(communications) Asynchronous Transfer Mode - (ATM, or "fast packet") A method for the dynamic allocation of bandwidth using a fixed-size packet (called a cell).
See also ATM Forum, Wideband ATM.
Indiana acronyms. (ATM), high-speed serial interface The High-Speed Serial Interface (HSSI) is a differential ECL serial interface standard developed by Cisco Systems and T3plus Networking primarily for use in WAN router connections. It is capable of speeds up to 52 Mbit/s with cables up to 50 feet in length. (HSSI (High-Speed Serial Interface) A serial interface with transmission rates up to 52 Mbps. It is often used to connect one or more LAN routers and network devices to a T3 line, which provides 44.736 Mbps. ), Packet over SONET A metropolitan area network (MAN) or wide area network (WAN) transport technology that carries IP packets directly over SONET transmission without any data link facility such as ATM in between. Interface Processors (POSIPs), channelized Refers to an architecture that transmits data in channels. It often refers to the 64 Kbps channels in T1 lines, which were originally developed to handle digitized voice streams (TDM). See TDM. T3/E3 and packet over T3/E3.
Conventional router performance also suffers in complex network environments that experience multiple route topology changes. The distributed architecture of the Cisco 7500 allows for scalable control and forwarding functions, minimizing the impact of constant route updates.
The Cisco 7500 does this by separating data functions such as packet routing, switching and QoS provisioning from control functions like route processing, allowing the overall system performance to scale. Advanced router system features such as Cisco Express Forwarding Cisco Express Forwarding (CEF) is an advanced layer 3 switching technology used mainly in large core networks or the Internet. Function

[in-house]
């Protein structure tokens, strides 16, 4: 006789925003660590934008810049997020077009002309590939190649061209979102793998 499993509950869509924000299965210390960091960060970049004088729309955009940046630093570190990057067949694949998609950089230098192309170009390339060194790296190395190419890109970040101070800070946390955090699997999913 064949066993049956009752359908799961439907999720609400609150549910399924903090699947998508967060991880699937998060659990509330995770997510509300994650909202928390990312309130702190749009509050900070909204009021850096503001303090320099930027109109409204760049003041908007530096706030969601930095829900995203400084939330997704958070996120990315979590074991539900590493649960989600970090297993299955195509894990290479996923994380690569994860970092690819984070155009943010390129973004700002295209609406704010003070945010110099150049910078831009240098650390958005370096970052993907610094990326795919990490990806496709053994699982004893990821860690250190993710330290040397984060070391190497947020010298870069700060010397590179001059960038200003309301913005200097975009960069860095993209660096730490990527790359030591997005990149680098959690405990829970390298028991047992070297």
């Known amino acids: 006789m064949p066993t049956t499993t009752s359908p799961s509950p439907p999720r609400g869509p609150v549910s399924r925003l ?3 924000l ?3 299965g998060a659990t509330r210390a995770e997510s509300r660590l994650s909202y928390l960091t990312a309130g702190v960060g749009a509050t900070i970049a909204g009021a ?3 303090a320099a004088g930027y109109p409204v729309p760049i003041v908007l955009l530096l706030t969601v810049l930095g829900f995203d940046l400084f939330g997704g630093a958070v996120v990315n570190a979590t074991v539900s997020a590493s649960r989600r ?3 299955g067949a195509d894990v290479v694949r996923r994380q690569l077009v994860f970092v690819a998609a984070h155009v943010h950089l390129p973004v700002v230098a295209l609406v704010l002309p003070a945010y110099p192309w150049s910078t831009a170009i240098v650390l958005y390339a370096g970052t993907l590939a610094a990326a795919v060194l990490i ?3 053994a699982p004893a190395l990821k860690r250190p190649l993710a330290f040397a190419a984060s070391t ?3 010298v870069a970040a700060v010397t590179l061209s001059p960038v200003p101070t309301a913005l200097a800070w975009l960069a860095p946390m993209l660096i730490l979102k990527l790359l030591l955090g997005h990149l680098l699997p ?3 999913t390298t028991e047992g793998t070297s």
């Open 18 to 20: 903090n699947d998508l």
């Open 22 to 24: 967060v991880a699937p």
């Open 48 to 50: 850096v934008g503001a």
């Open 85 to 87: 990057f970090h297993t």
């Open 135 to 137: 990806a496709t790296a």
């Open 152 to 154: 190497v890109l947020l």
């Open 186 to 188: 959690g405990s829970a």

CEF is mainly used to increase packet switching speed, reducing the overhead and delays introduced by other routing techniques, (CEF CEF CAN (Controller Area Network) Extended Frame
CEF Caixa Economica Federal (Brazil)
CEF Cisco Express Forwarding
CEF Common European Framework
CEF Continuing Education Fund
CEF Closed End Fund ), Tag Switching and RSP4 streamline switching decisions and manage complex network topology changes to ensure packet throughput in highly dynamic environments.
With the integration of the VIP2-50, RSP4, CEF and Tag Switching advanced router system features, the Cisco 7500 delivers the products and software for the most scalable, distributed router platform available today.
Other advanced router system extensions for the Cisco 7500, such as Distributed Weighted Fair Queuing See traffic engineering methods. and Distributed Random Early Detection, allow these queuing systems to scale to support OC-3 line rates. This feature represents an increase of ten times over previous methods.
Future advanced router system extensions for the Cisco 7500 will accelerate the performance of IP services and bring high-performance Gigabit Ethernet and OC-12 interfaces to the Cisco 7500.
Pricing and Availability
The VIP2-50, the latest member of the Cisco 7500 advanced router system, is available today on all Cisco 7500 series routers for $15,000.